The assault came amid stepped up security in response to intelligence reports indicating the al-Qaida-backed Taliban were planning attacks to coincide with Monday’s celebration of Afghanistan’s independence from Britain in 1919, according to Reuters.
As security forces were dealing with the first bombing, two more suicide bombers approached in a second car but were shot dead by police before they could detonate their explosives.
The blast occurred near the town of Khost, the main hub for U.S. and NATO-led operations in southeastern Afghanistan.
“The victims were all poor laborers and civilians,” the governor of Khost province, Arsala Jamal, told Reuters. “This was a barbaric act carried out by the enemies of Afghanistan at a time of celebration of independence.”
The Taliban is trying to oust the pro-Western Afghan government and drive out foreign troops. As of the end of July, the Taliban had detonated 77 suicide bombs this year, and security forces have thwarted another 76 suicide bomb attacks, according to Reuters.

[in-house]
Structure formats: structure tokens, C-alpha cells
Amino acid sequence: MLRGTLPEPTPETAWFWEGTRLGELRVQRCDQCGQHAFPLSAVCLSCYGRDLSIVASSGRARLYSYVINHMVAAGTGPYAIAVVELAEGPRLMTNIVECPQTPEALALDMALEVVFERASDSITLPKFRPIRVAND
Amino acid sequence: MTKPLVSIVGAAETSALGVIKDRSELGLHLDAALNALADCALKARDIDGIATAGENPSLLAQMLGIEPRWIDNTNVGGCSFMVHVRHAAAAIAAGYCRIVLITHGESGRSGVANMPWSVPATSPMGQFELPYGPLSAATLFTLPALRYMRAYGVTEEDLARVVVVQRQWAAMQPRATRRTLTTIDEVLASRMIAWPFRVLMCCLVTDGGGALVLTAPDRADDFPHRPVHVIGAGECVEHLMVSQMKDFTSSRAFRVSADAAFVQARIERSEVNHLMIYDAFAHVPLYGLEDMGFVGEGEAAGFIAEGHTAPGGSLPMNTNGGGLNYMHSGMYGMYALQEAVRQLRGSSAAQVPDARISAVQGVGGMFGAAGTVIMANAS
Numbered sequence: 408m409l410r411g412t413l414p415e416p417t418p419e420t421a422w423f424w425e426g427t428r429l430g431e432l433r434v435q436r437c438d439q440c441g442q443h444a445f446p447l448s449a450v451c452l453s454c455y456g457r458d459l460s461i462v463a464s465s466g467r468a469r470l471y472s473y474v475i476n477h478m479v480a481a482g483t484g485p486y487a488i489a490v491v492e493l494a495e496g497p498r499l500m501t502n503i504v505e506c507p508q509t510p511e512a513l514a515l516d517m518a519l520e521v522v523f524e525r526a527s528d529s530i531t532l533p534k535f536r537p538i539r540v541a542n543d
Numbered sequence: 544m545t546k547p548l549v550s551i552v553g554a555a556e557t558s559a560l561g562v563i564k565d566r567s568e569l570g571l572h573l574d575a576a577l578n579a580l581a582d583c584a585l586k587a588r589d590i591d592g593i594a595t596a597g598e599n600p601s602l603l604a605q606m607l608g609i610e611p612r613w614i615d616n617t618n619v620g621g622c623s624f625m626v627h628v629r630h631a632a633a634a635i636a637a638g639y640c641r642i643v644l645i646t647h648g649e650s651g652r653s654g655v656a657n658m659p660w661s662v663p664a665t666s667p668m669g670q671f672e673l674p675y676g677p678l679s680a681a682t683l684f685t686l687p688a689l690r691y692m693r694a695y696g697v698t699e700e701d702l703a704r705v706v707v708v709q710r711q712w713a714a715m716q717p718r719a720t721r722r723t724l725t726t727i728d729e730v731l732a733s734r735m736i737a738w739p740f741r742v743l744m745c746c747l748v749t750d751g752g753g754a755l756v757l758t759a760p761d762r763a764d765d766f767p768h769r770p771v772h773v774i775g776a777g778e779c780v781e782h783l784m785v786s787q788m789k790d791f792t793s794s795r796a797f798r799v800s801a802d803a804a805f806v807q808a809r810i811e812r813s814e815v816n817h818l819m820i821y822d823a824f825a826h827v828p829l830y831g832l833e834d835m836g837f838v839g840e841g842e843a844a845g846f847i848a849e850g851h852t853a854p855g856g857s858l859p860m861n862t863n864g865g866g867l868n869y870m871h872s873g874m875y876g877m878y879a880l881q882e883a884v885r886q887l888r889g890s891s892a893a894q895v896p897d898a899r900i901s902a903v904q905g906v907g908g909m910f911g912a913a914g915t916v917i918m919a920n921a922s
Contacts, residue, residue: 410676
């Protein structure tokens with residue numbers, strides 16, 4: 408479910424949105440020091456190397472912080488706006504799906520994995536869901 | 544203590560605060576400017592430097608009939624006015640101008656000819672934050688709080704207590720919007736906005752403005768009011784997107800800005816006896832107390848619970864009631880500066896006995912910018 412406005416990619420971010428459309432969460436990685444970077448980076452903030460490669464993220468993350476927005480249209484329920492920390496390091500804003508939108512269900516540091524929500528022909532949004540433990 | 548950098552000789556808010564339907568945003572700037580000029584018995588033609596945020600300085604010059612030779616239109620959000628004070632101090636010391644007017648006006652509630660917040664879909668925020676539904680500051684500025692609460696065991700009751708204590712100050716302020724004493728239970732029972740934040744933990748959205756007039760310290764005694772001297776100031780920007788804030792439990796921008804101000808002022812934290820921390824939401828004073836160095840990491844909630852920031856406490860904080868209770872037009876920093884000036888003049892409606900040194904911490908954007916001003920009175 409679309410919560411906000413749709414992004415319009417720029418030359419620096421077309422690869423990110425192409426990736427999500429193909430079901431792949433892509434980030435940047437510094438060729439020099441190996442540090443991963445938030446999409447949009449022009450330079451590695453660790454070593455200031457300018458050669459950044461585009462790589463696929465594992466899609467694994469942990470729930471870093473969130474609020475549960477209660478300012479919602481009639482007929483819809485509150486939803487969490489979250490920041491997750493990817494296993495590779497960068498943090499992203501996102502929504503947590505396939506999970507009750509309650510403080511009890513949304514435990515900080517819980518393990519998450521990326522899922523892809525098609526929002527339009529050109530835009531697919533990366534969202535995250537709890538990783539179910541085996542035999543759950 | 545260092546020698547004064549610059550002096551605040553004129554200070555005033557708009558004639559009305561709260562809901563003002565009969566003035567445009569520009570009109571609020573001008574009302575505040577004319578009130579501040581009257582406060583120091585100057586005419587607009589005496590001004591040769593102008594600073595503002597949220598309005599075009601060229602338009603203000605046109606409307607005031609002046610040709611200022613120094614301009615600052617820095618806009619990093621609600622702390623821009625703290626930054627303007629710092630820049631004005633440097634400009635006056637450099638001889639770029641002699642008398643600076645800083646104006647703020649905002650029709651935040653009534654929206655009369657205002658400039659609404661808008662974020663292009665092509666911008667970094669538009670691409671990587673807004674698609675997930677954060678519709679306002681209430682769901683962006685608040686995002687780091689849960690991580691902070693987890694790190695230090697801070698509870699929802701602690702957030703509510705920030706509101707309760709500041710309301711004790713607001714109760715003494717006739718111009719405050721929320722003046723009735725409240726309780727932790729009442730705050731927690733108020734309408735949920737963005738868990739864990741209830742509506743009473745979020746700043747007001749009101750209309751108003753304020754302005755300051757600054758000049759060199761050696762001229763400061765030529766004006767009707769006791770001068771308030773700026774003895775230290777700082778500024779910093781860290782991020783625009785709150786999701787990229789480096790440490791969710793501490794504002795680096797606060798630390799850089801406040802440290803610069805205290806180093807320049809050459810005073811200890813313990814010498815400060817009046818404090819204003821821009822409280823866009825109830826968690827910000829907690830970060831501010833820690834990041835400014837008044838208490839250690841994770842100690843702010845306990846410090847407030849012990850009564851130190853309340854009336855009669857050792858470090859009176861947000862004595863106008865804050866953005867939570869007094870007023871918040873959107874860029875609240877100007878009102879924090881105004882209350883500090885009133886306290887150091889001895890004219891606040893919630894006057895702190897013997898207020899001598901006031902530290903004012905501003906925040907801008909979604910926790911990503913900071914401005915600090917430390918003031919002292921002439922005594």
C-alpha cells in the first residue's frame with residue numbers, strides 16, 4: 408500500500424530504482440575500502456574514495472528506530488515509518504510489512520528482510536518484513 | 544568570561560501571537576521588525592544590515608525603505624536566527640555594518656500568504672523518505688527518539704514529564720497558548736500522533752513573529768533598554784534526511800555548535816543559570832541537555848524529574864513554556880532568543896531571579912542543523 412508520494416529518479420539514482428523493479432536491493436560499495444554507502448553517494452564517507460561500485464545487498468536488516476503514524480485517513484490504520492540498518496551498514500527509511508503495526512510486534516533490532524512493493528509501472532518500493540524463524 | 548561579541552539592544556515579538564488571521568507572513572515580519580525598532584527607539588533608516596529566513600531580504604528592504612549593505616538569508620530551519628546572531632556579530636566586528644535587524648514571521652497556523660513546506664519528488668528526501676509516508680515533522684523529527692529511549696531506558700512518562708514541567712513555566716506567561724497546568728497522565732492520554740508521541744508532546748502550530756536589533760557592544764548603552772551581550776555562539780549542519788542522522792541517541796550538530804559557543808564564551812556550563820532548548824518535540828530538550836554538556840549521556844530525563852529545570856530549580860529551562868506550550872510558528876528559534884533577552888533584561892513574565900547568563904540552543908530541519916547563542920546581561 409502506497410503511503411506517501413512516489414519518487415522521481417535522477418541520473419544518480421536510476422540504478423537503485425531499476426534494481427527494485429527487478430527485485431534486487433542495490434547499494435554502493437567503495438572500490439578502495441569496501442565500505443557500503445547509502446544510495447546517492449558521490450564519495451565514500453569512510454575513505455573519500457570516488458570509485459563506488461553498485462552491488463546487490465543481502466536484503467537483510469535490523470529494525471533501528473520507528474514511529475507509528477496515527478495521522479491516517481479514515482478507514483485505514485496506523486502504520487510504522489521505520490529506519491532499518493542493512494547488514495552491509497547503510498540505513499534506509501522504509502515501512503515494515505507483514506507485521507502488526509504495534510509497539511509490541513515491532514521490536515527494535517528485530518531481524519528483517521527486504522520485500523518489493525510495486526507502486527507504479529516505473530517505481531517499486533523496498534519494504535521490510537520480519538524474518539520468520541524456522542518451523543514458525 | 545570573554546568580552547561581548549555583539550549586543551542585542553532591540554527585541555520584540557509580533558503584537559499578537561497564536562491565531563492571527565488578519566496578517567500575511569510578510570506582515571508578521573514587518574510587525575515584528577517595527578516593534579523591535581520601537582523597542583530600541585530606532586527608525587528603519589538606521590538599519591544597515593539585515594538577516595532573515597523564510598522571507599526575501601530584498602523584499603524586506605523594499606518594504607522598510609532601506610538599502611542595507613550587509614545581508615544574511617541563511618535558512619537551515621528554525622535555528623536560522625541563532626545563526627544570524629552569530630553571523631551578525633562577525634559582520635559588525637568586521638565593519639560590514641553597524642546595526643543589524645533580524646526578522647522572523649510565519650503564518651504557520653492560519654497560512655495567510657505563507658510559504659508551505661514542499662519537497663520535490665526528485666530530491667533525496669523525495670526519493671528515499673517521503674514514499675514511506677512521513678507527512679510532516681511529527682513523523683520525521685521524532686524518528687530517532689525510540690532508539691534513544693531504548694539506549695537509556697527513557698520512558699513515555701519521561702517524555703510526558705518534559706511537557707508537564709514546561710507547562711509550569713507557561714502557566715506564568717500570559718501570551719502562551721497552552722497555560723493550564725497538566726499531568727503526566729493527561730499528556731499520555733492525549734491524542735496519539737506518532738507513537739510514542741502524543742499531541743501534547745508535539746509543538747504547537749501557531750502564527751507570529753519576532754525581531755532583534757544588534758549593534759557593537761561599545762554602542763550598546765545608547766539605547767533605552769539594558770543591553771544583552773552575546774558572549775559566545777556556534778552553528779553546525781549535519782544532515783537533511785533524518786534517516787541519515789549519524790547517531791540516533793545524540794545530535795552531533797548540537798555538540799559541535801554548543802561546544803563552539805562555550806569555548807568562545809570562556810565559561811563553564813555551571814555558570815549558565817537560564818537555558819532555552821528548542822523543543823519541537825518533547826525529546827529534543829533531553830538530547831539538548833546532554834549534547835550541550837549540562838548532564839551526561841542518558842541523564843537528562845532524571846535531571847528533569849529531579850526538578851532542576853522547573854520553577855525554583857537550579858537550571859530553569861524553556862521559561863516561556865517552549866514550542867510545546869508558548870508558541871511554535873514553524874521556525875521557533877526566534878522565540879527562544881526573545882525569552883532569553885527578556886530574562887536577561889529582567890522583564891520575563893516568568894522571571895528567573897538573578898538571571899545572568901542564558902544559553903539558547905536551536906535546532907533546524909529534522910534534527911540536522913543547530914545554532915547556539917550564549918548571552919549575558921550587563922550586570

All U.N. staff were directed to work from home on Monday. About 7,000 police were deployed in the capital Kabul, and were searching buildings and cars to try to prevent disruptive activity, the Interior Ministry said, according to the Associated Press.
The location of the official celebration was kept under wraps and off-limits to the public to try to avoid insurgent activity.
In other violence, a bomb blast killed two police on patrol late Sunday in the eastern province of Nangarhar, said Ghafor Khan, spokesman for the provincial police chief.
And several militants were killed in separate battles with U.S.-led coalition troops in the eastern provinces of Kapisa and Paktika on Sunday, the military said.